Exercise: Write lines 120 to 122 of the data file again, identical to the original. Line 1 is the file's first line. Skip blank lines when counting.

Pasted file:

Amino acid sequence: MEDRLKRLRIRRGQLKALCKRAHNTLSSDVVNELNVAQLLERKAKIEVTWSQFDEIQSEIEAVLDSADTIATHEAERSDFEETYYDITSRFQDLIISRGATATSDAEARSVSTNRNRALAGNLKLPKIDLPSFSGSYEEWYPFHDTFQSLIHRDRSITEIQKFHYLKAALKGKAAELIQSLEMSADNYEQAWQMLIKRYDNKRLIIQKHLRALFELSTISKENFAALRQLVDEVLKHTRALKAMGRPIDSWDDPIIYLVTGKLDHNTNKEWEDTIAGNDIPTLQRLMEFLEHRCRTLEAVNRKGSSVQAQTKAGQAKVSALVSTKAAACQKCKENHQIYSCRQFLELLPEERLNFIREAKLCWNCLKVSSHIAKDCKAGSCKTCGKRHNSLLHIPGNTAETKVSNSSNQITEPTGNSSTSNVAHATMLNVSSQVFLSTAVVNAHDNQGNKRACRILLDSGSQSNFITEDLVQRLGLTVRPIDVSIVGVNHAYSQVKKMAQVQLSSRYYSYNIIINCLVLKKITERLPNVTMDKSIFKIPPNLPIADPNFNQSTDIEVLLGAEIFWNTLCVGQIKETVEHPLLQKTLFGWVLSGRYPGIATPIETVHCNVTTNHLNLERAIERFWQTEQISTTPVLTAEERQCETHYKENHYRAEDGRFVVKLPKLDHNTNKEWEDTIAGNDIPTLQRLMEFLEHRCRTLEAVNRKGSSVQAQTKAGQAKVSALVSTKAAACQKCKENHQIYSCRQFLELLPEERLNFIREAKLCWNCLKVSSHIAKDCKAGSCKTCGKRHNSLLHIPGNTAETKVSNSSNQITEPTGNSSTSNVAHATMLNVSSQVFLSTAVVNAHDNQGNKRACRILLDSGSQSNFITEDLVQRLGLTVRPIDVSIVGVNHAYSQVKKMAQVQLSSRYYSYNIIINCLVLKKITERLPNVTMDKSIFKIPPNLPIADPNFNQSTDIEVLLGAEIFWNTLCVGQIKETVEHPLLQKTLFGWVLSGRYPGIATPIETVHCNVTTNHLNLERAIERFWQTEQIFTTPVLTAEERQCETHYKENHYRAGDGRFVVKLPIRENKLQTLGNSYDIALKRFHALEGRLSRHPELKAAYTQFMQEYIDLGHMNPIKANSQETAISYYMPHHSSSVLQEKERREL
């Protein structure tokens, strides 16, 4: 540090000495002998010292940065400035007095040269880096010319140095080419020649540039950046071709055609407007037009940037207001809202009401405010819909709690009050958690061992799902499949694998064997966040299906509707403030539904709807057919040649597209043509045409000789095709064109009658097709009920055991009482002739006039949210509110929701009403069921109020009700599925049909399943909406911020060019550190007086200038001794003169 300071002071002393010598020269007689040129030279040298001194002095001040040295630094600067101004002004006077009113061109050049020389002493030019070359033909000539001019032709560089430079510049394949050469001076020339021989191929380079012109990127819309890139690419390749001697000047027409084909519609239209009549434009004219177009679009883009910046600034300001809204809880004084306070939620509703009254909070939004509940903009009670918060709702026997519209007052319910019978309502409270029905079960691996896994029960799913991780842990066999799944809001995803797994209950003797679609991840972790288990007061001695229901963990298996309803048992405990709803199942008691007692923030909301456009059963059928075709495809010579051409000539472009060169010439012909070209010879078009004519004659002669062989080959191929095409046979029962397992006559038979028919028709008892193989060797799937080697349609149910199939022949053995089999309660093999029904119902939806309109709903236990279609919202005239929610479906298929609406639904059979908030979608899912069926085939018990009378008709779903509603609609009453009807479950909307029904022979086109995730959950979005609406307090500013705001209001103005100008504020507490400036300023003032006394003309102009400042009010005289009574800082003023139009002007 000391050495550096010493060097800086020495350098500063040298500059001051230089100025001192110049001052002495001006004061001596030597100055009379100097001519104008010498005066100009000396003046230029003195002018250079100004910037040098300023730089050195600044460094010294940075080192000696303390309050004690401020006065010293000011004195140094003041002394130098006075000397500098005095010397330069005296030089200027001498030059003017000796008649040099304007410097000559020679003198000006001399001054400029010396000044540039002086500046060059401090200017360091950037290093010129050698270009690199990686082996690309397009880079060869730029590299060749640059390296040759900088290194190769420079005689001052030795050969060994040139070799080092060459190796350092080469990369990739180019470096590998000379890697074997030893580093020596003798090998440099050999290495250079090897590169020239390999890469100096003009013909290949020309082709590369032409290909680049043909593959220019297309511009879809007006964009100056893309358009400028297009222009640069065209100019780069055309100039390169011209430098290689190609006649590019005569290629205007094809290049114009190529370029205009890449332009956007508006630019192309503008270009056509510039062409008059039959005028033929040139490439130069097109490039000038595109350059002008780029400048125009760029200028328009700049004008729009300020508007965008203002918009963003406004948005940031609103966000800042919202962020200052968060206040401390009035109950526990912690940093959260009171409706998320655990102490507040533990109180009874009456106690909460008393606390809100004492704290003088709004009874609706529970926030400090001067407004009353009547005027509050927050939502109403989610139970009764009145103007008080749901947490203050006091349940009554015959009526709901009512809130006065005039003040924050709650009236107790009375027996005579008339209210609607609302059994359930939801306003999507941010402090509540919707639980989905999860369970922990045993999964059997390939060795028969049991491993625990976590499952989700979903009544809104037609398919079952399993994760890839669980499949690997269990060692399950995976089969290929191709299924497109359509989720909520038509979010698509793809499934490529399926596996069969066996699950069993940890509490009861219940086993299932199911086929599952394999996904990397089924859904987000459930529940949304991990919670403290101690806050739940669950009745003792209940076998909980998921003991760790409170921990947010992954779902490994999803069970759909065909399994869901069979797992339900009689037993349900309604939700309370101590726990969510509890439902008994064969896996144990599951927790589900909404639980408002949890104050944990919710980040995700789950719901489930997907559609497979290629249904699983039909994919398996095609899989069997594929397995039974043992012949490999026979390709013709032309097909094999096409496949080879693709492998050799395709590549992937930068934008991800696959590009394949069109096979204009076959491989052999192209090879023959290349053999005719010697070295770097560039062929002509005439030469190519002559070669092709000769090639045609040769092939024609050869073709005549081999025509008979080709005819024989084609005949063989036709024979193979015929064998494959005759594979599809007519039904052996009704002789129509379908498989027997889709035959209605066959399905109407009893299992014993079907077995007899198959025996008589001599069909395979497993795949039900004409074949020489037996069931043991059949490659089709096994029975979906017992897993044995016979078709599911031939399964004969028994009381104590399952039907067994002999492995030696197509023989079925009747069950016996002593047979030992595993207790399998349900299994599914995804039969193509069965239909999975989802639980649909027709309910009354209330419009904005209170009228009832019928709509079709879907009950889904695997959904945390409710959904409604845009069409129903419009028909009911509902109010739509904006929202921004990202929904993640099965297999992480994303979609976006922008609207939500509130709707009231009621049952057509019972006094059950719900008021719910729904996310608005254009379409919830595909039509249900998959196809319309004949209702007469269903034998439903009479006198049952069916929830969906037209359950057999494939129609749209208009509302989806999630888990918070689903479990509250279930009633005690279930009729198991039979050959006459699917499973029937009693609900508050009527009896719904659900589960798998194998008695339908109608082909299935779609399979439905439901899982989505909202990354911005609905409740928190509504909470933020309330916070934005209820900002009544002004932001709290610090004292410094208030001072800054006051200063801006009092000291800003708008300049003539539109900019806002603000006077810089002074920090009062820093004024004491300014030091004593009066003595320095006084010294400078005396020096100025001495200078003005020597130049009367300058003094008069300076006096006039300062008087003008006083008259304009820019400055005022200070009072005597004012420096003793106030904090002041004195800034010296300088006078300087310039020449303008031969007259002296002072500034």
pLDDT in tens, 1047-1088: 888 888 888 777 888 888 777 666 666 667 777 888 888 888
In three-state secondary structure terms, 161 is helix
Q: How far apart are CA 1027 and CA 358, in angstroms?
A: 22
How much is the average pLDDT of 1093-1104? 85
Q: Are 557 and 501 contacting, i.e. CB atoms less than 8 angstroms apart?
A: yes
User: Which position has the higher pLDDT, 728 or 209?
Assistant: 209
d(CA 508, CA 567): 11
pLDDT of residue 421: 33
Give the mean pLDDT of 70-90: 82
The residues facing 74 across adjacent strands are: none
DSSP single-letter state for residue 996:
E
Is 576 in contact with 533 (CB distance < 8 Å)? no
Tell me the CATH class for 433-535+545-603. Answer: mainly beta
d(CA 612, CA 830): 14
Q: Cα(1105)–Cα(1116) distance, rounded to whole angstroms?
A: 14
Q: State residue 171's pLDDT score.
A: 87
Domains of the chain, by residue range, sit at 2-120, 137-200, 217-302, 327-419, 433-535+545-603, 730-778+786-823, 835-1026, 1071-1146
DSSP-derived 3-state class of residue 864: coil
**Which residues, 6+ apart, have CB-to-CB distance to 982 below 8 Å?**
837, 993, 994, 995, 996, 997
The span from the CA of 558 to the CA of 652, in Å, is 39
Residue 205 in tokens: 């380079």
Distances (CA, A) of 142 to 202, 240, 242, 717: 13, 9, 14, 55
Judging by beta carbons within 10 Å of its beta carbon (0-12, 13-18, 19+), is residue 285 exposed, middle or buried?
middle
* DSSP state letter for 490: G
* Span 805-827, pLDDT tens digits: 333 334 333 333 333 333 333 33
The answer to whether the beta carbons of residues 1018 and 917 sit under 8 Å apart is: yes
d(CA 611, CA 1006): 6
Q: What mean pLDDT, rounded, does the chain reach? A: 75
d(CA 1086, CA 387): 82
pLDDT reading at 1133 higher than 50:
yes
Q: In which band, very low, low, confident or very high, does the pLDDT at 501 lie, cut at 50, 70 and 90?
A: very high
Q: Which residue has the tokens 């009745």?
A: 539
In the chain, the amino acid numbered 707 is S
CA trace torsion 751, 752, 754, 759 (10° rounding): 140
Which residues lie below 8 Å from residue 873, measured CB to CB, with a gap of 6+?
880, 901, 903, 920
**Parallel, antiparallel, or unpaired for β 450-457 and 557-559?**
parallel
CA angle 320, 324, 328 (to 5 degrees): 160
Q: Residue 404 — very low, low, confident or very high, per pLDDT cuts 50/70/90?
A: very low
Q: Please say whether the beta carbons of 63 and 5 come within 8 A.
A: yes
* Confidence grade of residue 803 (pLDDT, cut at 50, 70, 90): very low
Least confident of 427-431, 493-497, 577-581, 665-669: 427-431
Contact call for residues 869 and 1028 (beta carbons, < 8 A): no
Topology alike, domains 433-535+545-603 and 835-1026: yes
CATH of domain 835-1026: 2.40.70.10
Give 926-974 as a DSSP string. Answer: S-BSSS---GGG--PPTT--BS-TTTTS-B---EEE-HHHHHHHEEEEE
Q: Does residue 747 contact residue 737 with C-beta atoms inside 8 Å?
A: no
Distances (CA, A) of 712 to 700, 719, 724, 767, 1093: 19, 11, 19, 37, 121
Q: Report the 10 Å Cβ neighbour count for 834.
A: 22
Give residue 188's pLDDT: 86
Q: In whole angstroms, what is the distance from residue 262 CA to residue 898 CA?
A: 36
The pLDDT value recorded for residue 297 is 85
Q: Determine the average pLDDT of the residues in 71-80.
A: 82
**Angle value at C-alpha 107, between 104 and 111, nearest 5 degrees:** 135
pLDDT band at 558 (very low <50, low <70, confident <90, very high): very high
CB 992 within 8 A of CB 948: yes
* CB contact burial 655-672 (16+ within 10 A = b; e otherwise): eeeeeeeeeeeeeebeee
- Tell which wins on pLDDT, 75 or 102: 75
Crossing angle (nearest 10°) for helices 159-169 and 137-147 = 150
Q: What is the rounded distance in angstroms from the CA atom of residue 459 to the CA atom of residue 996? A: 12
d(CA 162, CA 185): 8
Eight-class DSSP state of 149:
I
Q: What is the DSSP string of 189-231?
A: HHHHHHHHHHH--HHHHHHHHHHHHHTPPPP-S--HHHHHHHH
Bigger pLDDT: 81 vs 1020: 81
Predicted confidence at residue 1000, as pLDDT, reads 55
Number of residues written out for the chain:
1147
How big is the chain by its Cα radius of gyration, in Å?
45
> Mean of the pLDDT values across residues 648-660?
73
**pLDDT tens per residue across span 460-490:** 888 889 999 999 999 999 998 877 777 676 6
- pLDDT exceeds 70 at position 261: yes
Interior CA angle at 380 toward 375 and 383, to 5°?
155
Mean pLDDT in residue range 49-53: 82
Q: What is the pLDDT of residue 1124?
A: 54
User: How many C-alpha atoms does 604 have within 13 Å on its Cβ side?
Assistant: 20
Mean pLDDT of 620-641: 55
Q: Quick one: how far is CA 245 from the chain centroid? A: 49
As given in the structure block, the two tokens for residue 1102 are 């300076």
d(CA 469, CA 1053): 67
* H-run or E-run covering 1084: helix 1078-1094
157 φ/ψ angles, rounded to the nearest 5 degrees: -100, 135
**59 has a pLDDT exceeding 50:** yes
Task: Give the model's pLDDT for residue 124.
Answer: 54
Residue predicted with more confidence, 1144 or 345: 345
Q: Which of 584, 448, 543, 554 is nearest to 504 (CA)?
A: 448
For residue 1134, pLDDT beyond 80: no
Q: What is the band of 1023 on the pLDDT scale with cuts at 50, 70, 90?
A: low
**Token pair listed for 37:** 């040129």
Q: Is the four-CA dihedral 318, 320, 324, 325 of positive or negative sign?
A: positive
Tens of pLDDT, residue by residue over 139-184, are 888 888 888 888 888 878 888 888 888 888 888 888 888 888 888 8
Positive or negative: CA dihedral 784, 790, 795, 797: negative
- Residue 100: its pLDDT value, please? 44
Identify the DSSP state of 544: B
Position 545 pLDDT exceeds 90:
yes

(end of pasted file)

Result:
A: positive
Tens of pLDDT, residue by residue over 139-184, are 888 888 888 888 888 878 888 888 888 888 888 888 888 888 888 8
Positive or negative: CA dihedral 784, 790, 795, 797: negative